History of Fender®
It all started in 1909 with the birth of Clarence Leo Fender. He
grew up in the world of vacuum tube electronics and some of the
first radio broadcasts to be a self taught electronics buff, eventually
opening up his first repair in 1938 named Fender's Repair Service.
This also included the rental and sale of home made P.A and musical
During WWII Leo teamed up with Clayton "Doc" Kauffman
to design and manufacture amplifiers and electric lap steel guitars,
which would use a pick-up that Leo had designed.
The market for Hawaiian and western swing music was taking off
at the time so their company (known as K&F) was ripe to expand
into a larger manufacturing facility. Kauffman got cold feet and
pulled out and thus Fender Electrical Instrument Co. was born.
Leo struck up a distribution deal for the amps and lap steels in
1946 with Radio and Television Equipment Co. (Radio-Tel). The initial
years of this venture were pretty lean for Leo and he still worked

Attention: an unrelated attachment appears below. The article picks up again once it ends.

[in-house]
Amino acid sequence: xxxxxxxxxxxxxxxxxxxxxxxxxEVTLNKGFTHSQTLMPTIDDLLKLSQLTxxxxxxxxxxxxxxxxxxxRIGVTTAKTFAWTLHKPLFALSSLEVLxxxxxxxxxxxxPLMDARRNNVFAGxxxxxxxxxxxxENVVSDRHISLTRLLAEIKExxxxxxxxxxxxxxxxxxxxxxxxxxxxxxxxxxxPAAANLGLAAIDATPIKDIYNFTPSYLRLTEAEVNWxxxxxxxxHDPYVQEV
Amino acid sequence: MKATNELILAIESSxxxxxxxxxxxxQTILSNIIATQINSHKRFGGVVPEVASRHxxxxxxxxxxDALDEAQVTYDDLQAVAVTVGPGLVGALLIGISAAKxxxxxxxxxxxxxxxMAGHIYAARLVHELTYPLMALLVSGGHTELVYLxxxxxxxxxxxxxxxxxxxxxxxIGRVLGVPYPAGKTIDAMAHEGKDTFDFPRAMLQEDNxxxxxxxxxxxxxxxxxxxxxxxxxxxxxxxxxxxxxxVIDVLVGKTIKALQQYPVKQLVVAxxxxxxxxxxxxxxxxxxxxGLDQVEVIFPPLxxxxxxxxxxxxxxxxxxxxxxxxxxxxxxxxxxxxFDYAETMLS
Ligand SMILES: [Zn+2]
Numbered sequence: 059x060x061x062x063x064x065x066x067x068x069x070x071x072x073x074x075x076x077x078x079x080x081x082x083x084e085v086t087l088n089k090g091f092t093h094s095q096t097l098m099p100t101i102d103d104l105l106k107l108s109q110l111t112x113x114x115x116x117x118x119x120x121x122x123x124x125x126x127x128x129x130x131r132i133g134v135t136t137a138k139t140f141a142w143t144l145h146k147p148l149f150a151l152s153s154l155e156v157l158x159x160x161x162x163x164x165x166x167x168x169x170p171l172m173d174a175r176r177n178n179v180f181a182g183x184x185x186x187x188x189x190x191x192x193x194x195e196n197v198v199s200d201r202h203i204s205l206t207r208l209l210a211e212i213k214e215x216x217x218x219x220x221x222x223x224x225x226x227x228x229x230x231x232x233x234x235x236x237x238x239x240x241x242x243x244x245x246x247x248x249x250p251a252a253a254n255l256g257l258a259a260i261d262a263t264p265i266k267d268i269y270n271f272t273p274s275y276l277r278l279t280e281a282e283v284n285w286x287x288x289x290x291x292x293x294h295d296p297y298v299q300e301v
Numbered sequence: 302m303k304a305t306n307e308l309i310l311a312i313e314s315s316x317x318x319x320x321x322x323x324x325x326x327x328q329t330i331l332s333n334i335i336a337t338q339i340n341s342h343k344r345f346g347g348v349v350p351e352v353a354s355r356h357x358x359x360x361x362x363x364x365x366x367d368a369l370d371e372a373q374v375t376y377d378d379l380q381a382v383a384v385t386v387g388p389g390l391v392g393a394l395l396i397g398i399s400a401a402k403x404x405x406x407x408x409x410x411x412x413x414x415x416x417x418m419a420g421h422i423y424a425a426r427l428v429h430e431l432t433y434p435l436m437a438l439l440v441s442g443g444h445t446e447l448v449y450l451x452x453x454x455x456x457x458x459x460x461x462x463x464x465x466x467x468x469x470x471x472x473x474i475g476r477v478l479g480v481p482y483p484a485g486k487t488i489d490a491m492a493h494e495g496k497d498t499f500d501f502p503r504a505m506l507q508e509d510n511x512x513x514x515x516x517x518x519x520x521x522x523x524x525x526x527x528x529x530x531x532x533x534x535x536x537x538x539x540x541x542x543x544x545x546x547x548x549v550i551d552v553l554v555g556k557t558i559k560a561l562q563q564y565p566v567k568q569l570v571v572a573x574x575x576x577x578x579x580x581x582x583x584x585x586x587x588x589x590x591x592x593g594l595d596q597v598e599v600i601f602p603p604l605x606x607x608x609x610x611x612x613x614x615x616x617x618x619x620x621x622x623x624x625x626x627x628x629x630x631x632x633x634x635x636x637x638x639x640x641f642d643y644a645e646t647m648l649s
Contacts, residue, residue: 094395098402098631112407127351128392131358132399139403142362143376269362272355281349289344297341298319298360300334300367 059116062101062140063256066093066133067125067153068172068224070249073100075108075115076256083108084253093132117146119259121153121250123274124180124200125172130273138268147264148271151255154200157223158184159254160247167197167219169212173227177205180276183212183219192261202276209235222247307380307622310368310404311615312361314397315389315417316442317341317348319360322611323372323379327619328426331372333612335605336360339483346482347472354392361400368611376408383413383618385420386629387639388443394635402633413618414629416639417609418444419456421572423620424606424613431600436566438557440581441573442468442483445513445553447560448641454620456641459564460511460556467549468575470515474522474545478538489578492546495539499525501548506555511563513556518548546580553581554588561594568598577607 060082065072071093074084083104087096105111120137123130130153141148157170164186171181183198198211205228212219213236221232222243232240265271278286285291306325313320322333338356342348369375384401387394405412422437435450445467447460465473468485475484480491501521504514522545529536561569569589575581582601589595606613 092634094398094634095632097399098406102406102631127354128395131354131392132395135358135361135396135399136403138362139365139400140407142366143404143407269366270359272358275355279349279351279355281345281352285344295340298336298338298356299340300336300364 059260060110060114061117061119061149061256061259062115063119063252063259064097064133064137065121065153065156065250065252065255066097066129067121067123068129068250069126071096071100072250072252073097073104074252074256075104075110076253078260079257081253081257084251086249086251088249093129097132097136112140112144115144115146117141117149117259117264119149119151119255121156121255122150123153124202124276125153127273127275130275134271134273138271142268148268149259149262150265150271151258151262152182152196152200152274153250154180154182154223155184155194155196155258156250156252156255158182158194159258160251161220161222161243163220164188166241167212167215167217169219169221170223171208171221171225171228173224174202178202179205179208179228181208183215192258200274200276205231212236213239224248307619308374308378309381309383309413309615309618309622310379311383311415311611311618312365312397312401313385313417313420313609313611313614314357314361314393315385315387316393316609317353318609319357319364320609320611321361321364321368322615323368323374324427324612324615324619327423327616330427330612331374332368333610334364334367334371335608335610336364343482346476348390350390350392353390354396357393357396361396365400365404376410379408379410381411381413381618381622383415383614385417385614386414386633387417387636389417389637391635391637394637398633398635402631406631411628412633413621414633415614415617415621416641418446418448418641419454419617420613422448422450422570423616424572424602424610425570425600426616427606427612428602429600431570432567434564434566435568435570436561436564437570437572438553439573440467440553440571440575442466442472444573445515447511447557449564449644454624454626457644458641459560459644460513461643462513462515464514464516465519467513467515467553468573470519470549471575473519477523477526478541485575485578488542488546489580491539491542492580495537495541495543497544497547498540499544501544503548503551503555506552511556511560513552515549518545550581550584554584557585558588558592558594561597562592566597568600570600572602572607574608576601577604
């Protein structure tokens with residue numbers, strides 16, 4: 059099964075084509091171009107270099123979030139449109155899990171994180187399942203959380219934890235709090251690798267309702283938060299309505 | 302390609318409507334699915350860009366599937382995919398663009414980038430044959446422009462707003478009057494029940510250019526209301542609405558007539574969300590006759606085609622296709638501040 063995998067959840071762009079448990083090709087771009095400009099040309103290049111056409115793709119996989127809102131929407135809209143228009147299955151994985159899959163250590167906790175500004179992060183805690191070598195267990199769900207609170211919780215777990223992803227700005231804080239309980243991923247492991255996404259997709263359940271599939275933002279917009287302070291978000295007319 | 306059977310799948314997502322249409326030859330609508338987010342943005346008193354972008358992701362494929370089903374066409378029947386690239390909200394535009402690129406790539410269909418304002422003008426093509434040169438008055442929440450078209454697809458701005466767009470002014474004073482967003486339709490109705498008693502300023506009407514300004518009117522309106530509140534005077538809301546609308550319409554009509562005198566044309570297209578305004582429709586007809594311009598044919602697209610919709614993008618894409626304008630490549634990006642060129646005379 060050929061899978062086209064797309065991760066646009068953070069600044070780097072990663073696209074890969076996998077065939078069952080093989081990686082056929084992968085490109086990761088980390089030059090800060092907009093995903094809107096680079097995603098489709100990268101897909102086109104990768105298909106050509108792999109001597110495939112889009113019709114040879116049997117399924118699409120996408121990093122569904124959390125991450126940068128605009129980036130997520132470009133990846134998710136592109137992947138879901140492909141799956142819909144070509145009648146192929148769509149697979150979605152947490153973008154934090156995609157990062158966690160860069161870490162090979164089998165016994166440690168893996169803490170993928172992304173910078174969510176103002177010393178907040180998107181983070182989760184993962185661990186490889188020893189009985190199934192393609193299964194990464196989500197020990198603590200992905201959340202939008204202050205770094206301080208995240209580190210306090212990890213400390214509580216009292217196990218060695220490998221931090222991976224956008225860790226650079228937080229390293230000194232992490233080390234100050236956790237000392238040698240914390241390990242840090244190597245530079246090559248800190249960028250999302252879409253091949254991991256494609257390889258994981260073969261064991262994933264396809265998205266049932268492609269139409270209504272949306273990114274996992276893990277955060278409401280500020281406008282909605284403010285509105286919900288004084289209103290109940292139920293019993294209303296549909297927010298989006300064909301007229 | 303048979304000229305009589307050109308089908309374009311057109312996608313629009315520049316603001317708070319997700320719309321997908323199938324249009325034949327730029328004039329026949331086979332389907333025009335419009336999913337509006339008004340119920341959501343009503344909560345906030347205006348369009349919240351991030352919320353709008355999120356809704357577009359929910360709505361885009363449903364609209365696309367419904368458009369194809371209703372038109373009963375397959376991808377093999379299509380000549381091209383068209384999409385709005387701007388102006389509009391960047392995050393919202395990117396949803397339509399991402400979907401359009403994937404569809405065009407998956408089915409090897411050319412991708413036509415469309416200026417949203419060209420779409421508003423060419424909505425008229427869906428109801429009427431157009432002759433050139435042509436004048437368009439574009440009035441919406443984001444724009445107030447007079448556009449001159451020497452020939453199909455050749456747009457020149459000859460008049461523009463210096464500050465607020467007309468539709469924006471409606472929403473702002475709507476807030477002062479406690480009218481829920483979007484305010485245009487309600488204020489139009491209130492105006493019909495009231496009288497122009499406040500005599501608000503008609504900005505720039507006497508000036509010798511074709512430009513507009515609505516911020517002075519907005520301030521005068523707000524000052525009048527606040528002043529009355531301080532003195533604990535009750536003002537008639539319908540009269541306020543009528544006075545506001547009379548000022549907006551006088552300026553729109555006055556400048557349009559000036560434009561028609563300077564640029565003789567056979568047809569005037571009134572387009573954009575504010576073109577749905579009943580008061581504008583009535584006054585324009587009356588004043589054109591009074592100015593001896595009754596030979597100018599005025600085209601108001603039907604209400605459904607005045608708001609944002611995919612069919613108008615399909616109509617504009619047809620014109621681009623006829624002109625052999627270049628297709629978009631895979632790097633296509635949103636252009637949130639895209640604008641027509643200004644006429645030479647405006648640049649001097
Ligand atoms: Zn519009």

days in his original radio shop. By the late 40's more artists were
using Fender gear and word about them spread. Business picked up
and their equipment was becoming available nationwide. In 1948 Leo
sold the radio shop so he could concentrate full time on F.E.I.C.
making guitars and amps. By this time Leo had three buildings and
15 people on the payroll (including George Fullerton who became
a long time collaborator with Leo. He's the G in G&L).
Fender's tweed-covered, chrome chassis amps developed a solid reputation
as being extremely reliable on the road and also having the most
power available at the time. The Champion line was off and running.
The close of the 1940's saw Fender as a major player in the market and they were highly
visible all over the country.
The tweed amp alone wasn't changed much in the early fifties as
Leo concentrated on new guitar designs such as the esquire, broadcaster
and soon to be Telecaster. In 1951 Fender introduced the P-bass,
one of the most important introductions of an instrument in rock
n' roll history. He needed an amp designed for the bass, and so
the Bassman was born. Ironically, the Bassman became one of the
most classic guitar amplifiers in history.